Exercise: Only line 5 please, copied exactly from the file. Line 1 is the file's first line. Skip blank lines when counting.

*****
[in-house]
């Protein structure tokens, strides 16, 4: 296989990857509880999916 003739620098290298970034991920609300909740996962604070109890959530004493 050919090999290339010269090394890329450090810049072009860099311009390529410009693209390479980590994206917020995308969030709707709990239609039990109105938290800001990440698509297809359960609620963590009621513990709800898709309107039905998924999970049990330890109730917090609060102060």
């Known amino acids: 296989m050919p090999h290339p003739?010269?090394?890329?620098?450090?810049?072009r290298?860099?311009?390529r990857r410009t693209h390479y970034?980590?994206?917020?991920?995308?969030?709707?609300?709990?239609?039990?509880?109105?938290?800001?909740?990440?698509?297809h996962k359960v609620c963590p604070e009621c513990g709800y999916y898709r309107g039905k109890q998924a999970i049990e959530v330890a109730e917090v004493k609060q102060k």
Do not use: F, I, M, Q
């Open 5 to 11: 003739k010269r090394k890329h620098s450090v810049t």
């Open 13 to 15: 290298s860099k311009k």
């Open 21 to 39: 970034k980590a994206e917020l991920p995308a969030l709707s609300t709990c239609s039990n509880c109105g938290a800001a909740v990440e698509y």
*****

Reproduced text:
């Open 5 to 11: 003739k010269r090394k890329h620098s450090v810049t």